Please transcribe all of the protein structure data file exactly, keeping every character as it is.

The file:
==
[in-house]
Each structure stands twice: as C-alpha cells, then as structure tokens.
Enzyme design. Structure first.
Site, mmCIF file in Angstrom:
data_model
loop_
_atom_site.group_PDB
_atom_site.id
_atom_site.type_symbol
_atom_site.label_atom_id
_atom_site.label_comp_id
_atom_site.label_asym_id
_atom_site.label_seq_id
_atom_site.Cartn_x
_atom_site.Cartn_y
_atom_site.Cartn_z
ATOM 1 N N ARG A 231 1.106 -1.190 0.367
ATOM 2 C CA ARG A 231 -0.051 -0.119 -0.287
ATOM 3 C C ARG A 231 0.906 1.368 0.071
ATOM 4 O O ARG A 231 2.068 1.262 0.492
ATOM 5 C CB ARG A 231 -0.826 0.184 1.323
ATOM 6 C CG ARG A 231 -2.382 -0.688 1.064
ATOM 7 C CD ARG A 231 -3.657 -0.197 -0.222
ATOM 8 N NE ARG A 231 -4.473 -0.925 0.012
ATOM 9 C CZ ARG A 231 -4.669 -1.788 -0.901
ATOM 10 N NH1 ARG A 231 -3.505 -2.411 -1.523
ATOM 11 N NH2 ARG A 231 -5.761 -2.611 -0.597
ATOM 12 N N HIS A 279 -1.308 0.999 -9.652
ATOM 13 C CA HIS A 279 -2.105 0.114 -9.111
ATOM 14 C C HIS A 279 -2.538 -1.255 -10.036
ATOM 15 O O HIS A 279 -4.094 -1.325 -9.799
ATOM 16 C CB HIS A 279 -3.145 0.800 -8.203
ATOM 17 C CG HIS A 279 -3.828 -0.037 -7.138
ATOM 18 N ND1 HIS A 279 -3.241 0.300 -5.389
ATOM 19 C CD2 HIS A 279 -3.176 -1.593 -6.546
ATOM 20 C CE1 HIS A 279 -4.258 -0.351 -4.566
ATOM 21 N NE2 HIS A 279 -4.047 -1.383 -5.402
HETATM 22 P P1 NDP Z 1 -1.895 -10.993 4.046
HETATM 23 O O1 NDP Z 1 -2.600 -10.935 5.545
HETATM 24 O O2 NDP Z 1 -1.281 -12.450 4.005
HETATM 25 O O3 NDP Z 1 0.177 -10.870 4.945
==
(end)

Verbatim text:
[in-house]
Each structure stands twice: as C-alpha cells, then as structure tokens.
Enzyme design. Structure first.
Site, mmCIF file in Angstrom:
data_model
loop_
_atom_site.group_PDB
_atom_site.id
_atom_site.type_symbol
_atom_site.label_atom_id
_atom_site.label_comp_id
_atom_site.label_asym_id
_atom_site.label_seq_id
_atom_site.Cartn_x
_atom_site.Cartn_y
_atom_site.Cartn_z
ATOM 1 N N ARG A 231 1.106 -1.190 0.367
ATOM 2 C CA ARG A 231 -0.051 -0.119 -0.287
ATOM 3 C C ARG A 231 0.906 1.368 0.071
ATOM 4 O O ARG A 231 2.068 1.262 0.492
ATOM 5 C CB ARG A 231 -0.826 0.184 1.323
ATOM 6 C CG ARG A 231 -2.382 -0.688 1.064
ATOM 7 C CD ARG A 231 -3.657 -0.197 -0.222
ATOM 8 N NE ARG A 231 -4.473 -0.925 0.012
ATOM 9 C CZ ARG A 231 -4.669 -1.788 -0.901
ATOM 10 N NH1 ARG A 231 -3.505 -2.411 -1.523
ATOM 11 N NH2 ARG A 231 -5.761 -2.611 -0.597
ATOM 12 N N HIS A 279 -1.308 0.999 -9.652
ATOM 13 C CA HIS A 279 -2.105 0.114 -9.111
ATOM 14 C C HIS A 279 -2.538 -1.255 -10.036
ATOM 15 O O HIS A 279 -4.094 -1.325 -9.799
ATOM 16 C CB HIS A 279 -3.145 0.800 -8.203
ATOM 17 C CG HIS A 279 -3.828 -0.037 -7.138
ATOM 18 N ND1 HIS A 279 -3.241 0.300 -5.389
ATOM 19 C CD2 HIS A 279 -3.176 -1.593 -6.546
ATOM 20 C CE1 HIS A 279 -4.258 -0.351 -4.566
ATOM 21 N NE2 HIS A 279 -4.047 -1.383 -5.402
HETATM 22 P P1 NDP Z 1 -1.895 -10.993 4.046
HETATM 23 O O1 NDP Z 1 -2.600 -10.935 5.545
HETATM 24 O O2 NDP Z 1 -1.281 -12.450 4.005
HETATM 25 O O3 NDP Z 1 0.177 -10.870 4.945